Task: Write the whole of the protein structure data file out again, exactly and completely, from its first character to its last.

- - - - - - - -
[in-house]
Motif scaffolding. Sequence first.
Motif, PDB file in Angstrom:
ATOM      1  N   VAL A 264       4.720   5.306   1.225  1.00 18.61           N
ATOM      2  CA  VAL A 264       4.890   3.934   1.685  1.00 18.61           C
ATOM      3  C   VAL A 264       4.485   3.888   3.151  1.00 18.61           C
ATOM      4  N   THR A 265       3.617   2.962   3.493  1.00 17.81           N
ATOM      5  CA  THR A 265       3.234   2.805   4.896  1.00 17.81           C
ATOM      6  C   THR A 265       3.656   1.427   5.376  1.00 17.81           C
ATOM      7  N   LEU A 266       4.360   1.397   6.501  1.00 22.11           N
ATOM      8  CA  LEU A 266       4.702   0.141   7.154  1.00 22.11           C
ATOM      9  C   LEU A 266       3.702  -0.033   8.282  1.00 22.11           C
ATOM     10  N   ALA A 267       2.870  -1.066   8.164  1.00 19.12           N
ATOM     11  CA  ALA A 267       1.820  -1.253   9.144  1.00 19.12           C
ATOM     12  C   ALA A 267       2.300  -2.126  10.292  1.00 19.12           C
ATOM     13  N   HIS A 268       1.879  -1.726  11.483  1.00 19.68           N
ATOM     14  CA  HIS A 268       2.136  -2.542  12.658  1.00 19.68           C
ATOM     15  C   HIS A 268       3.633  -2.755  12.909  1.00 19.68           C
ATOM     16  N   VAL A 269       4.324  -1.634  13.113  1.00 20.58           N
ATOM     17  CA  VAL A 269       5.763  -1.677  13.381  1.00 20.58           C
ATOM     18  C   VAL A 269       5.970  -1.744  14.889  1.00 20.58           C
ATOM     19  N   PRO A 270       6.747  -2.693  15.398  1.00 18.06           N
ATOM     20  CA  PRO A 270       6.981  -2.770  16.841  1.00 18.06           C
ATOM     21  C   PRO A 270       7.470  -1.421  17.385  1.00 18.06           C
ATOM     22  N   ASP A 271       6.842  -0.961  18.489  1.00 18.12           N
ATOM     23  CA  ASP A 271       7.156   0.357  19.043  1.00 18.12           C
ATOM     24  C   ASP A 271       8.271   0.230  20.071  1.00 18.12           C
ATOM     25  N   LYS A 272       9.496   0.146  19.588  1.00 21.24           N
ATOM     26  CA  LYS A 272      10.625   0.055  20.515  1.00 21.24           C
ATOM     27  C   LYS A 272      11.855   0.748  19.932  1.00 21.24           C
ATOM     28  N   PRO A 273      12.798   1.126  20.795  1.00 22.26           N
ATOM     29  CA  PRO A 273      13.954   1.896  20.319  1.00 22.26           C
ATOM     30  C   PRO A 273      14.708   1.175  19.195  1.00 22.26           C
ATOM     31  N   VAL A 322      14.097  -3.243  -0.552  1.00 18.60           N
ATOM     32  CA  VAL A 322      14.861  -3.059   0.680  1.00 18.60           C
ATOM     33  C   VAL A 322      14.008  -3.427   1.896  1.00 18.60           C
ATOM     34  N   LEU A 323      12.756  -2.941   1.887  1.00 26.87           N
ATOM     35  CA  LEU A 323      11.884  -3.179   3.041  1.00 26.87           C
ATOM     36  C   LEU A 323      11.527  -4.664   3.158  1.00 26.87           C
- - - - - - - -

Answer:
[in-house]
Motif scaffolding. Sequence first.
Motif, PDB file in Angstrom:
ATOM      1  N   VAL A 264       4.720   5.306   1.225  1.00 18.61           N
ATOM      2  CA  VAL A 264       4.890   3.934   1.685  1.00 18.61           C
ATOM      3  C   VAL A 264       4.485   3.888   3.151  1.00 18.61           C
ATOM      4  N   THR A 265       3.617   2.962   3.493  1.00 17.81           N
ATOM      5  CA  THR A 265       3.234   2.805   4.896  1.00 17.81           C
ATOM      6  C   THR A 265       3.656   1.427   5.376  1.00 17.81           C
ATOM      7  N   LEU A 266       4.360   1.397   6.501  1.00 22.11           N
ATOM      8  CA  LEU A 266       4.702   0.141   7.154  1.00 22.11           C
ATOM      9  C   LEU A 266       3.702  -0.033   8.282  1.00 22.11           C
ATOM     10  N   ALA A 267       2.870  -1.066   8.164  1.00 19.12           N
ATOM     11  CA  ALA A 267       1.820  -1.253   9.144  1.00 19.12           C
ATOM     12  C   ALA A 267       2.300  -2.126  10.292  1.00 19.12           C
ATOM     13  N   HIS A 268       1.879  -1.726  11.483  1.00 19.68           N
ATOM     14  CA  HIS A 268       2.136  -2.542  12.658  1.00 19.68           C
ATOM     15  C   HIS A 268       3.633  -2.755  12.909  1.00 19.68           C
ATOM     16  N   VAL A 269       4.324  -1.634  13.113  1.00 20.58           N
ATOM     17  CA  VAL A 269       5.763  -1.677  13.381  1.00 20.58           C
ATOM     18  C   VAL A 269       5.970  -1.744  14.889  1.00 20.58           C
ATOM     19  N   PRO A 270       6.747  -2.693  15.398  1.00 18.06           N
ATOM     20  CA  PRO A 270       6.981  -2.770  16.841  1.00 18.06           C
ATOM     21  C   PRO A 270       7.470  -1.421  17.385  1.00 18.06           C
ATOM     22  N   ASP A 271       6.842  -0.961  18.489  1.00 18.12           N
ATOM     23  CA  ASP A 271       7.156   0.357  19.043  1.00 18.12           C
ATOM     24  C   ASP A 271       8.271   0.230  20.071  1.00 18.12           C
ATOM     25  N   LYS A 272       9.496   0.146  19.588  1.00 21.24           N
ATOM     26  CA  LYS A 272      10.625   0.055  20.515  1.00 21.24           C
ATOM     27  C   LYS A 272      11.855   0.748  19.932  1.00 21.24           C
ATOM     28  N   PRO A 273      12.798   1.126  20.795  1.00 22.26           N
ATOM     29  CA  PRO A 273      13.954   1.896  20.319  1.00 22.26           C
ATOM     30  C   PRO A 273      14.708   1.175  19.195  1.00 22.26           C
ATOM     31  N   VAL A 322      14.097  -3.243  -0.552  1.00 18.60           N
ATOM     32  CA  VAL A 322      14.861  -3.059   0.680  1.00 18.60           C
ATOM     33  C   VAL A 322      14.008  -3.427   1.896  1.00 18.60           C
ATOM     34  N   LEU A 323      12.756  -2.941   1.887  1.00 26.87           N
ATOM     35  CA  LEU A 323      11.884  -3.179   3.041  1.00 26.87           C
ATOM     36  C   LEU A 323      11.527  -4.664   3.158  1.00 26.87           C